Hundreds of fishermen, women and children in the East Godavari district of the southern Indian state of Andhra Pradesh spent the weekend combing through the local beach for gold. In the aftermath of cyclone Nivar, a super storm that killed five people, uprooted trees and flooded buildings, local fishermen reportedly found tiny gold beads all over the beach.
Despite heavy winds and rainfall, hundreds of locals flocked to the beach with umbrellas and sieves to filter through the sand. “The Deccan plateau in South India, which includes states like Andhra Pradesh and Karnataka, is one of the world’s oldest landmasses. It’s here that, historically, most of India’s gems and jewels have been found,” Andhra Pradesh Director General of Police, Goutom Sawang, told VICE World News. Sawang explained that many of the smaller jewels wash into the fields from the Golconda mines of Andhra Pradesh, where they may not have been sieved properly.
Locals believed that these gold beads were the remnants of lost temples that were submerged under the sea, which washed up on the shore following the cyclone.
Some believe otherwise. “It is customary during the full moon to perform a puja (ceremonial worship) and pray to the sea. During the puja, we leave behind nine grains of rice and nine gems including small gold beads,” an East Godavari native, who asked to remain anonymous, told VICE World News.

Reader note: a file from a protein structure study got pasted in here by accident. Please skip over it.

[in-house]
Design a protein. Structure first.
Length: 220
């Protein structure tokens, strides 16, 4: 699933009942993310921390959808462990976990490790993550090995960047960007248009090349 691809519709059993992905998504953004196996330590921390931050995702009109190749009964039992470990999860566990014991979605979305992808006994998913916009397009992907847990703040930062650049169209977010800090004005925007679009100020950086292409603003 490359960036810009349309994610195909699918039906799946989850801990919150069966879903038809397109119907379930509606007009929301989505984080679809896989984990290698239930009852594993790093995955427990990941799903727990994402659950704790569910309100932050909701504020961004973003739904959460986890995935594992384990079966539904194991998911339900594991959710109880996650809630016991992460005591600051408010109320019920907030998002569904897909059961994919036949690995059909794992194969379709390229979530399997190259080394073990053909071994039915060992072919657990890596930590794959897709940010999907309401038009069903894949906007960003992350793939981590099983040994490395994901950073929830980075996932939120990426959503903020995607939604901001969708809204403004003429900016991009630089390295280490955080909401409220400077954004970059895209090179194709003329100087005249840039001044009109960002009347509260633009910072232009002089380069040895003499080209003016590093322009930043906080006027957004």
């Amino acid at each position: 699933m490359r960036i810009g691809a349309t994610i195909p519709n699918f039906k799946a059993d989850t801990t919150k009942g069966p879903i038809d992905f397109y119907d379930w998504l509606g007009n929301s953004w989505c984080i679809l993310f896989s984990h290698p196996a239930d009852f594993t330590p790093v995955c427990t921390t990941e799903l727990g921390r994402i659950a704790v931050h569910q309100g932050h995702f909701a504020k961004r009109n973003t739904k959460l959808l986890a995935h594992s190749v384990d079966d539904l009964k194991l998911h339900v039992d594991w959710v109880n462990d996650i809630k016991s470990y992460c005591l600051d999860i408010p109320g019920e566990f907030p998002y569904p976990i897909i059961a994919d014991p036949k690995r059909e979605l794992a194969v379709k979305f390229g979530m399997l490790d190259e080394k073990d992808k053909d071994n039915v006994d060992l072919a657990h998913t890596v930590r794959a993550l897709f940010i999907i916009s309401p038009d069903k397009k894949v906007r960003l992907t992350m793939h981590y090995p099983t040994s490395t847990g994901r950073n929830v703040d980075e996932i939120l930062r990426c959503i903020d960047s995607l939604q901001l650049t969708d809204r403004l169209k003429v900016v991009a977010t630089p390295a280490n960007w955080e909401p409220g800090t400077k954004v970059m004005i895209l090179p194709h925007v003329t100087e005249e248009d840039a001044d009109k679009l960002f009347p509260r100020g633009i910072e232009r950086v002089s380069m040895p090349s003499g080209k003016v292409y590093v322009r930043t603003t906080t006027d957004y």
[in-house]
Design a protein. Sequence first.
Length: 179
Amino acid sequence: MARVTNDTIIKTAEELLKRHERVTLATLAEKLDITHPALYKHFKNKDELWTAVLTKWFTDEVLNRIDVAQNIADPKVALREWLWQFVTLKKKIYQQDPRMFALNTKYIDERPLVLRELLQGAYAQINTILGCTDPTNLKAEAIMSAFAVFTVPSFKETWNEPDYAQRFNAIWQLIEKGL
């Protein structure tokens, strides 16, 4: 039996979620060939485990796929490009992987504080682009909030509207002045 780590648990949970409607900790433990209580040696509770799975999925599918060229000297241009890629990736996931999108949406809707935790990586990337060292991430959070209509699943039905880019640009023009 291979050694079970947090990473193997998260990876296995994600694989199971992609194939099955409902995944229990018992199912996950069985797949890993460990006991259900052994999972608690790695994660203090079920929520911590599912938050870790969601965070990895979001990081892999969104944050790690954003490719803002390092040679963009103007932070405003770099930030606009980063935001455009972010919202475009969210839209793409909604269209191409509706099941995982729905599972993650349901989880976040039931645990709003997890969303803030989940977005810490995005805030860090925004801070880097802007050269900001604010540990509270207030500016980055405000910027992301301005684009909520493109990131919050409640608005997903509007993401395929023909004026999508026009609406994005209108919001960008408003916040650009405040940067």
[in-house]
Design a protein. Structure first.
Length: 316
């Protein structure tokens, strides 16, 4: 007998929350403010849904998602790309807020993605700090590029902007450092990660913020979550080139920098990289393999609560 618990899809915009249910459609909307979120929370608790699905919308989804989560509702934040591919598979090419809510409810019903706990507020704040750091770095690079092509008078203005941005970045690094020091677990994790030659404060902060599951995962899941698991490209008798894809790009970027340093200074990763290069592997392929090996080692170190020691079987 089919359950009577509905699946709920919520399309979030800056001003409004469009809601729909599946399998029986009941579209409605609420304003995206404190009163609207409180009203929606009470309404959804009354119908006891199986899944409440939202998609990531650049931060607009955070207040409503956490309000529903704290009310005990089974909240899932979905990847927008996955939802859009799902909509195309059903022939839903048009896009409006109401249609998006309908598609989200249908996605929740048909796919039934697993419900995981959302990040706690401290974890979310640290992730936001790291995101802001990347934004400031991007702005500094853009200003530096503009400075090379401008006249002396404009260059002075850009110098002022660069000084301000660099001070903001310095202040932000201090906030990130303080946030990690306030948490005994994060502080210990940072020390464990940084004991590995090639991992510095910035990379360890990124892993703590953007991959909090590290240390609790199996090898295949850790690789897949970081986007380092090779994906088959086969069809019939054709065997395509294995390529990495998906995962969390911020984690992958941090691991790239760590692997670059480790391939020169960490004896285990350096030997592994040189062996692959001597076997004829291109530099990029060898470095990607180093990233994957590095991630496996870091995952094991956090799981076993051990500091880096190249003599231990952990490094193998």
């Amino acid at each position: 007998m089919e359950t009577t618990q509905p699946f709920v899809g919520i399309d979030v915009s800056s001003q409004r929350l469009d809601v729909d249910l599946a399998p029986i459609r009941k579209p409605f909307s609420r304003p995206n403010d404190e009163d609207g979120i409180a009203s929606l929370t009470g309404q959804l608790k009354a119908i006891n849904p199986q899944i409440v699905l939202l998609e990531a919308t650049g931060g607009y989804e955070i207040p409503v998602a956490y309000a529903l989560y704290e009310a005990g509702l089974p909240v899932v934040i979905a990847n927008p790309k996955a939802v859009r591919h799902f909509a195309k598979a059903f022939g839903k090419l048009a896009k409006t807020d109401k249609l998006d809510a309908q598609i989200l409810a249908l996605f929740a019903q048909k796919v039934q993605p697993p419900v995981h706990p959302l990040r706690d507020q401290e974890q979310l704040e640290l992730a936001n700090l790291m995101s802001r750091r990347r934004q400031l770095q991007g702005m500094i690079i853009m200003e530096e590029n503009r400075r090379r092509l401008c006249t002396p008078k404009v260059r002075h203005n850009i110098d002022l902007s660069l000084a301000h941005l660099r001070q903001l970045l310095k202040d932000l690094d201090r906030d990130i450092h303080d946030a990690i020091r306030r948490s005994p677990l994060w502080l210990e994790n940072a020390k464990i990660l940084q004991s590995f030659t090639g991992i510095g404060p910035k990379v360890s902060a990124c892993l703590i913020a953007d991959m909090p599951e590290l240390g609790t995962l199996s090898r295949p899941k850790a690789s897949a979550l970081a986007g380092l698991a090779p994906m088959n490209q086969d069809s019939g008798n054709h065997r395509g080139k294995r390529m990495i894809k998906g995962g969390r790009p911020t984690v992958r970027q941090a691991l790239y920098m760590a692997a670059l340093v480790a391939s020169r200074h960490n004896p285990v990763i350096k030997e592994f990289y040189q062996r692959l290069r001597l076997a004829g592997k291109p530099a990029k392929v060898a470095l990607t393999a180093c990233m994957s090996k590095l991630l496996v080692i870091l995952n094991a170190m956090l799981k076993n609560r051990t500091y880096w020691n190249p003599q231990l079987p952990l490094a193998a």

VICE World News tried reaching out to locals who collected these gold beads, but they did not wish to speak about their findings.
While the recent gold rush is a rare instance of valuables washing up on the seashore, treasure hunting is a common practice across Andhra Pradesh.
In October this year, a treasure trove of gold and silver coins was unearthed near a temple in Andhra Pradesh’s Kurnool district.
Farmers and migrant workers in Kurnool search for diamonds in agricultural fields each monsoon.
Last year, a farmer found a diamond worth INR 600 million ($8 million) in his field after heavy rains washed off the topsoil layer.
However, discovery of gold over a period of time has led to the formation of notorious gangs that have been caught robbing or vandalising ancient temples in search of “hidden treasure”. In October, police in Chittoor district caught an eight-member gang, while many of these gangs hide out in nearby forests.
According to India’ pre-colonial Treasure Trove Act, “whenever any treasure exceeding in amount or value ten rupees is found, the finder shall, as soon as practicable, give to the Collector notice in writing—of the nature and amount or approximate value of such treasure; of the place in which it was found; of the date of the finding.”